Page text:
The second impact is the reporting that will be required later in 2014. Your employer is mandated to tell the Federal government the following about you:

  • The months you and your dependent were covered by company provided insurance.
  • The monthly cost of that insurance in total.
  • The amount you paid (your share of the cost) for that insurance (by the way it’s the law that the employer has to pay at least 60% of the cost so you can pay no more than 40% of the cost or the employer has to pay a penalty).

Keep in mind that your employer isn’t able to share that information with anyone without violating the Health Insurance Portability and Accountability Act (HIPAA), but the government conveniently exempted themselves from those requirements in the Obama Care law. This information will allow the Federal government to determine two things about you.

  1. If you followed the law and had health coverage throughout the entire year (if not you have to pay a penalty, I mean a tax).
  2. If you “cheated” and went to the public health exchange to get a subsidy because you make less than 400% of the Federal poverty limit ($80,000 for a family of 4). See, if your employer provides coverage, then you aren’t eligible for a subsidy even if it costs a big chunk (up to 9%) of your salary.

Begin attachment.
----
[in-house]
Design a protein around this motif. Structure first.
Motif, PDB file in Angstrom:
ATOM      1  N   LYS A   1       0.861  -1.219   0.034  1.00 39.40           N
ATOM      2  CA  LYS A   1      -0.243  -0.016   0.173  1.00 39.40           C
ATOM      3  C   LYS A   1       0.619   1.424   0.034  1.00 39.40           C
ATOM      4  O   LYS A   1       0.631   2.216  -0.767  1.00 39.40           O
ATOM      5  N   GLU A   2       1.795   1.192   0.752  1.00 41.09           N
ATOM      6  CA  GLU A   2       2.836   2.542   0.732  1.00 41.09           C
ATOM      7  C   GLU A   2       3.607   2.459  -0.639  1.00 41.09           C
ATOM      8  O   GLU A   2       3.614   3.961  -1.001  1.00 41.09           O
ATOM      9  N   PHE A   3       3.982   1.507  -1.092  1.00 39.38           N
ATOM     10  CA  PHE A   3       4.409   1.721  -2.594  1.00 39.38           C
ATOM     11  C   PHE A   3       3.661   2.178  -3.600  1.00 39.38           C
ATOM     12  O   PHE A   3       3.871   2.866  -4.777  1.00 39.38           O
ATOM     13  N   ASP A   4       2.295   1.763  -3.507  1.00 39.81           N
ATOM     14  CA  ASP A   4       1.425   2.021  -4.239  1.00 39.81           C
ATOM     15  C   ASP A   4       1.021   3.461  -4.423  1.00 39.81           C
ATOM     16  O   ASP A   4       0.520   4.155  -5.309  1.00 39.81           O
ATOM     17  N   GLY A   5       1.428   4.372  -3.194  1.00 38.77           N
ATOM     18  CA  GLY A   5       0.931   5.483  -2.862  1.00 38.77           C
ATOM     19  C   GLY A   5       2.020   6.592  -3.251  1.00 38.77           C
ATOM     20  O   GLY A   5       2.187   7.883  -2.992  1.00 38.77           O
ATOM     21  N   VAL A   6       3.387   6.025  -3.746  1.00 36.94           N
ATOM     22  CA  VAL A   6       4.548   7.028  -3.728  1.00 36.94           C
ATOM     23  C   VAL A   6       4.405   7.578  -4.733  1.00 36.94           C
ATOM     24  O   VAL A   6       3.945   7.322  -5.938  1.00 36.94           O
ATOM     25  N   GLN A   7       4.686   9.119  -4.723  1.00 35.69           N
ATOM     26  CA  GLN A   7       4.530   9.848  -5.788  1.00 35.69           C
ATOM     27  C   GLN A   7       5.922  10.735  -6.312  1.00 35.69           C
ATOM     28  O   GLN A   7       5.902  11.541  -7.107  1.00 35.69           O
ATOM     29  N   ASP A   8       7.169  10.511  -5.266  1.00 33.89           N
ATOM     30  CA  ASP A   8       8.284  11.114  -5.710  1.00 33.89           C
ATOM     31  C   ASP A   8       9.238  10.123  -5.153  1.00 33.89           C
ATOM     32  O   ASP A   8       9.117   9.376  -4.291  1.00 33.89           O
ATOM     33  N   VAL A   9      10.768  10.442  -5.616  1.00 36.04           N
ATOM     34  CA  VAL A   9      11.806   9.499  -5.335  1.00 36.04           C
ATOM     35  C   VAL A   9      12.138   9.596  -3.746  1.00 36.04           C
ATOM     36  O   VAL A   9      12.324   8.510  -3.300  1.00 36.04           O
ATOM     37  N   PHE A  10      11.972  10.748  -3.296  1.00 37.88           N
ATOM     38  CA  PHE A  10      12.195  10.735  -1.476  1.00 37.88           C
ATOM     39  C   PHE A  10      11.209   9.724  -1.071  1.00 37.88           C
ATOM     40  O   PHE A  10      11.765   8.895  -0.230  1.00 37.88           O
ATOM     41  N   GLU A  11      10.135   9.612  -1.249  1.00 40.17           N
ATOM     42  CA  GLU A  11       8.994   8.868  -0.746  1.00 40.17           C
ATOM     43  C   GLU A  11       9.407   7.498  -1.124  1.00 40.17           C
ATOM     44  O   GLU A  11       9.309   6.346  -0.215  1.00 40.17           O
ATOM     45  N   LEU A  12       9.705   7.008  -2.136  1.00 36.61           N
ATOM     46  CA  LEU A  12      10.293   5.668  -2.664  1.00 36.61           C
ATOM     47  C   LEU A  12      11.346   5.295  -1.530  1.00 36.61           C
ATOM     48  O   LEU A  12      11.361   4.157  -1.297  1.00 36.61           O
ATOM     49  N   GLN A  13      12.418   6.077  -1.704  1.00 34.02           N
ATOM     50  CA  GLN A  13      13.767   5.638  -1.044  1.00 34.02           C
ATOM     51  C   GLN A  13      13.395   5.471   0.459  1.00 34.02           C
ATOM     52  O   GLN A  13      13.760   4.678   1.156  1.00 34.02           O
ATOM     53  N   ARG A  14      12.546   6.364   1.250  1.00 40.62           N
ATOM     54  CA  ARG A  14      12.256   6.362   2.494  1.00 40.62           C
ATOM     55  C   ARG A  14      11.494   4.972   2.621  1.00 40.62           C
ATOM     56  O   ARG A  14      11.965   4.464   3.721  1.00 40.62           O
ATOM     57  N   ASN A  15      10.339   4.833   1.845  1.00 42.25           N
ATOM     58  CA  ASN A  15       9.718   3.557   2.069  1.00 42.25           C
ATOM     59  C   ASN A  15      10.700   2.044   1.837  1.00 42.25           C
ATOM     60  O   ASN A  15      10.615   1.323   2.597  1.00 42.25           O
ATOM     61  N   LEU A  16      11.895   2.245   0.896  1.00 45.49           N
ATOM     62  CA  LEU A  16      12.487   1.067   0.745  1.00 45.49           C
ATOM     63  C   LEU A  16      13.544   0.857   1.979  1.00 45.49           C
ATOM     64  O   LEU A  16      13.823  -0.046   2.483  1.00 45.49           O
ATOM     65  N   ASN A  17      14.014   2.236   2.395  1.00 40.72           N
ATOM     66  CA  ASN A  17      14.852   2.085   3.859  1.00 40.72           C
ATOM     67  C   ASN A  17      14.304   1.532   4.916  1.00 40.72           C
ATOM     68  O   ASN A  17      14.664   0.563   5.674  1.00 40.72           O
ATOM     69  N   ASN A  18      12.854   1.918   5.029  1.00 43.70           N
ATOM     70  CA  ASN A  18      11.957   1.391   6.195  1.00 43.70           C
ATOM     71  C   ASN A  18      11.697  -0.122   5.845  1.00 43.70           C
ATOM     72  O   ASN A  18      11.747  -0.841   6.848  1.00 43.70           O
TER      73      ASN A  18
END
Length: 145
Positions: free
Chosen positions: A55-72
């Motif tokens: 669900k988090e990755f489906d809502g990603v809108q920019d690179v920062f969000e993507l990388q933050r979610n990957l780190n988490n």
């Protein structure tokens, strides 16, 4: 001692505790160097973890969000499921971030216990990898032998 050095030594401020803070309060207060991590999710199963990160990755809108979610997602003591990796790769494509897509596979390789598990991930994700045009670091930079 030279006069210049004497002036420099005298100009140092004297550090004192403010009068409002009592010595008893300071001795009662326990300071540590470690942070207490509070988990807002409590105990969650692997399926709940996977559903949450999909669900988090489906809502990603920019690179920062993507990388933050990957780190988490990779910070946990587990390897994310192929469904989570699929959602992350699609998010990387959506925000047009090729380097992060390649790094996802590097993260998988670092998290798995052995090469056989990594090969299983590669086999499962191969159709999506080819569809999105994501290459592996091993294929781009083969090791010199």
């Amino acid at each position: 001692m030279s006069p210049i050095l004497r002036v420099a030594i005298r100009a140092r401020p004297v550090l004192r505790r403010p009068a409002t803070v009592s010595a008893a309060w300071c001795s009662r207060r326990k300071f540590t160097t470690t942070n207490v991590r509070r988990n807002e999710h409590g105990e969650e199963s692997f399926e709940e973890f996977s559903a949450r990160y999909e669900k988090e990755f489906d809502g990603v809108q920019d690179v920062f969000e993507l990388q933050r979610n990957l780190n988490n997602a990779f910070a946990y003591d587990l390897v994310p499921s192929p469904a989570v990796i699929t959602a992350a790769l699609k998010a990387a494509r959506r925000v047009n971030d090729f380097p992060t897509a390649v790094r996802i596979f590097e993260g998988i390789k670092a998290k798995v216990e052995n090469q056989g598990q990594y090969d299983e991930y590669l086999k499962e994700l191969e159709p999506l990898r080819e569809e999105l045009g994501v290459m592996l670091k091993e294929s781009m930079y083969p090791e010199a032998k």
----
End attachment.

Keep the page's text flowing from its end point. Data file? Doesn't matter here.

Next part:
I guess now that the Affordable Care Act is the law, people are starting to figure out exactly what is in it (remember, it had to pass before we could find out).

The Inner Turmoil of Financial Statement Preparers

A number of CPAs in B&I have been fighting mixed feelings since last Thursday.  That was the day the Supreme Court came out with its historic ruling on the Patient Protection and Affordable Care Act – better known as Obamacare.  I say mixed feelings because, like most CPAs, a significant majority of CPA Financial Statement preparers are conservative in nature and in politics and probably had a particular viewpoint on whether the court should have struck down the law or not.  The mixed feelings come in when one considers what those same financial statement preparers – at least any that work for companies that provide retiree health care and therefore have an Other Post Retirement Benefit (OPRB) liability on their books – were looking at having to do if the law was overturned.